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Video Game / Workers & Resources: Soviet Republic

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Workers & Resources: Soviet Republic is a city building game in which you build up an Eastern European country with its planned economy. You need to manage resource extraction and manufacturing supply chains, maintain some import-export balance, and also ensure that your citizens' needs are fulfilled.

It is currently in Steam Early Access, having entered it on March 15th, 2019.

This game provides examples of:

  • 0% Approval Rating: All citizens have various stats meassuring their happiness and loyalty to either you or the church (and their addiction to acohol) and allowing any of them to drop to low (or too high in case of Religious Loyalty) may cause them to escape your country.
  • Acceptable Breaks from Reality:
    • The difficulty level determines whether or not buildings require power and if vehicles need to refuel at gas stations.
    • Additionally, all crops grown at farms can be used interchangeably for food manufacturing, cloth making, or to produce the equally universal “chemicals”.
    • All vehicles that use fossil fuels (road vehicles, trains, airplanes, ships) use the same fuel.
  • Bland-Name Product: Numerous cars have a name like this, such as small German personal cars called The Beat.
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  • Command & Conquer Economy: A more justified example since you are literally in charge of a planned economy. Even so, you are still able to automate many of its day-to-day aspects.
  • Commie Land: A positive, even idealistic portrayal. Though keeping the somewhat depressing-looking aesthetics, you can raise the standard of living of your citizens quite high. There is (so far) no government oppression, with non-loyal citizens merely missing out on certain luxuries or specific government jobs and otherwise enjoying the exact same (potentially very high) standard of living as the loyal ones.
  • Disk One Nuke: The refinery is available from the start, requires only one resource (Oil) to make Fuel and Bitumen, both of which are produced in large quantities and sell for quite a bit to both factions.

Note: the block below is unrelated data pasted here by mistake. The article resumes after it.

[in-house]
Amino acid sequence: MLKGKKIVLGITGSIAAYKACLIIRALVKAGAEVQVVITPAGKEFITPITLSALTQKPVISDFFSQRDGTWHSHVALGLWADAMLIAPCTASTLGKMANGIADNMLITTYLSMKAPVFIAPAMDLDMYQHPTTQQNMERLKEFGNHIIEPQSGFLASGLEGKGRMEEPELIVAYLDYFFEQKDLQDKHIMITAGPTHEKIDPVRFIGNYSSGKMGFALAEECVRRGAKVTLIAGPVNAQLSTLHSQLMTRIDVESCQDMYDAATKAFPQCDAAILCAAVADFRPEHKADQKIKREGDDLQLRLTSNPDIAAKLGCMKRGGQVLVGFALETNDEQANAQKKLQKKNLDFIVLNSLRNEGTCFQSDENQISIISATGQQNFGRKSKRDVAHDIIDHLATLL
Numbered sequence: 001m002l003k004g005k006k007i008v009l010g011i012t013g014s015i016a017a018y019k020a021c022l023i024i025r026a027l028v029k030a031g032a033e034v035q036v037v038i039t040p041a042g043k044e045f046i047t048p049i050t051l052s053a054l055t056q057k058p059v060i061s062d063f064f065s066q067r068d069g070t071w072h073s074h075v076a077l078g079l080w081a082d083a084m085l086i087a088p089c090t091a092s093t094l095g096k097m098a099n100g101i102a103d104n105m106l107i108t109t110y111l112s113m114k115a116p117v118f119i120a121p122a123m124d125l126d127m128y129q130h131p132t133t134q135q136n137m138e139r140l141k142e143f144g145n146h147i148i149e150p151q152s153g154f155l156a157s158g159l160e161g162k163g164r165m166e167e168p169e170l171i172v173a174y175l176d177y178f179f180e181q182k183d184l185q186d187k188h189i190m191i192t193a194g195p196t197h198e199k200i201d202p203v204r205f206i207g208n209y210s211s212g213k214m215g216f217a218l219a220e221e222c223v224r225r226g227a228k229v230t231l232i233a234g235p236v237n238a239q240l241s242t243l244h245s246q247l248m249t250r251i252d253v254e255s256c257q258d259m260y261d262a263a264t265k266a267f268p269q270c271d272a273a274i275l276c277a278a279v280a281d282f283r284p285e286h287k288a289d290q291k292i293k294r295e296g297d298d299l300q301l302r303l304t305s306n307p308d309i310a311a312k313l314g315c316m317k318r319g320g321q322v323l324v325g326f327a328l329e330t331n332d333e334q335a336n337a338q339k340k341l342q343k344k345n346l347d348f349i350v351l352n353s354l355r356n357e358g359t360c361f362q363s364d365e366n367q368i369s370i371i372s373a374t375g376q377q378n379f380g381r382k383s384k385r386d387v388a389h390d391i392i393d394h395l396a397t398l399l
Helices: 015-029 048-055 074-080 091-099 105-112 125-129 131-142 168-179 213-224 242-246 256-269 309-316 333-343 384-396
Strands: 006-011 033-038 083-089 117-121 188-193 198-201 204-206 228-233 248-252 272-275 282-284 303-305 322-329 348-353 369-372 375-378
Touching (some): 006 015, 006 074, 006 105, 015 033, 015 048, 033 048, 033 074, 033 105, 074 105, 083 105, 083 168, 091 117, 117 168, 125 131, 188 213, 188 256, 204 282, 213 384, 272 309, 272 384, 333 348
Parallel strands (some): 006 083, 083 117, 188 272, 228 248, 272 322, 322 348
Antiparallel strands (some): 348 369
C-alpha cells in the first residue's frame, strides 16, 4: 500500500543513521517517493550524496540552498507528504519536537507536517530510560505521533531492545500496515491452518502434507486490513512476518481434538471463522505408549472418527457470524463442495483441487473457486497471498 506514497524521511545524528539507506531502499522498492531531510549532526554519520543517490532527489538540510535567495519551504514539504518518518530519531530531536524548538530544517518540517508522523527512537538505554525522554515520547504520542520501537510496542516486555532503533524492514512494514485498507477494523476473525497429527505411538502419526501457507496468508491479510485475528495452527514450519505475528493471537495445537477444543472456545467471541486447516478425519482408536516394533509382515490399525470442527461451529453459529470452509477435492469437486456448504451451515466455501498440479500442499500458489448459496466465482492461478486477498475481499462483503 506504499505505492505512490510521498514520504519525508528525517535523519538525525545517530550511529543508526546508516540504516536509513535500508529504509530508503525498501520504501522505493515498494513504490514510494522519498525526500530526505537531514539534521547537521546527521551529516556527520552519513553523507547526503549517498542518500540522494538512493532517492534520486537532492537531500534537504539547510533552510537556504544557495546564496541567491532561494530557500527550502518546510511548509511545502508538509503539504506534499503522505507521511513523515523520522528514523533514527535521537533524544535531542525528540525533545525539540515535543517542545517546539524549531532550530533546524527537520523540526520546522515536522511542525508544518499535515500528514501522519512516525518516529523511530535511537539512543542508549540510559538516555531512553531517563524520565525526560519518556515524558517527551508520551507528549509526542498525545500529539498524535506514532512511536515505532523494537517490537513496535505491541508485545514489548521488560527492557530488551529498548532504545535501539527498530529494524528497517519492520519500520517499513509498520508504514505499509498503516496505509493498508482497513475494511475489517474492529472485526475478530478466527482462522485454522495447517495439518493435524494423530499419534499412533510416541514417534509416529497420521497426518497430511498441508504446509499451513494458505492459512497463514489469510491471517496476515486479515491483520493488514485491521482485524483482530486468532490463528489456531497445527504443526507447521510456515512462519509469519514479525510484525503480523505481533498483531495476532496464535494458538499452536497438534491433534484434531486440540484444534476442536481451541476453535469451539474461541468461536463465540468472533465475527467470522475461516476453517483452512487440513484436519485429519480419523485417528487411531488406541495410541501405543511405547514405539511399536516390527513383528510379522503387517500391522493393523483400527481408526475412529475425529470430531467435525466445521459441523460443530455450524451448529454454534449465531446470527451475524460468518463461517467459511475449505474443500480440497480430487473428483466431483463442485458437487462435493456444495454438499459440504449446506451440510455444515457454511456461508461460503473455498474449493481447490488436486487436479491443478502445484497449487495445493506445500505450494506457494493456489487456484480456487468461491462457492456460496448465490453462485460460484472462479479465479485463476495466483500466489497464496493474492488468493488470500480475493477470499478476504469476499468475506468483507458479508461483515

• Expy: Many of the cars used are based on real cars used by various Eastern Nations at the time like the U-377 being based on the Ural-375D.
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  • Game Mod: Loads, available through the Steam Workshop.
  • Non-Entity General: Played straight.
  • Not In My Back Yard: Pollution. Polluting buildings near residential districts cause the district's population to become ill faster and reduce their life expectancy.
  • Permanently Missable Content: The vehicles have a "production date", and when it expires, the vehicle can no longer be bought. In late game, that can happen with entire classes of vehicles. Subverted because you can produce them yourself. Patents can be bought even for vehicles discontinued decades ago. The manufacturing plant and patents are a large upfront investment, though.
  • Real-Time with Pause
  • Secret Police: You can create a force of secret police, though contrary to the usual depictions they do very little oppression and instead seem to exist solely to snoop on citizens and track their loyalty, with higher loyalty being potentially rewarded by you (but no real punishment for low loyalty).
  • Snow Means Death: Winter is one of the hardest parts of the game: citizens die very quickly without heating, therefore the heating plant must be supplied with workers and coal, and pipes and heating substations must be built near residential districts, civil infrastructure and educational buildings, hospitals must be always ready and supplied with doctors with university education and personnel with school education, transportation is hampered by snow, so a technical services building with plows must be ready to clear snow, and some buildings, like sports grounds, cannot work because of low temperature.
  • Truth in Television: The citizens' needs currently consist of 9 stats, which all have historical background behind them. For instance, "clothes quality" stat may seem esoteric to some, but the lack of "cool" Western-style clothing was one of the pressing reasons for the gradual rise in popular dissatisfaction during the 80s, to the point that a common (and often rueful) refrain in the ensuing years was "USSR fell because it couldn't produce jeans".
    • If you decide to sell your resources or products on the global market, then their price will be in part determined by how costly it was to create them: in particular, having an inefficient supply chain with long delivery times and the like will immediately make them less competitive. However, the global resource price swings are also a real thing, and they can be severe enough to potentially boost or cripple your finances overnight, especially if your economy is not diversified enough.
  • Vodka Drunkenski: All workers imported from the USSR have around 30% of the alcohol addiction stat.
  • You Require More Vespene Gas: There are over 30 different resources. While you can (and will have to, on the start) buy them for money, you can also produce them to save money, and in the late game you can aim to become fully self-sufficient.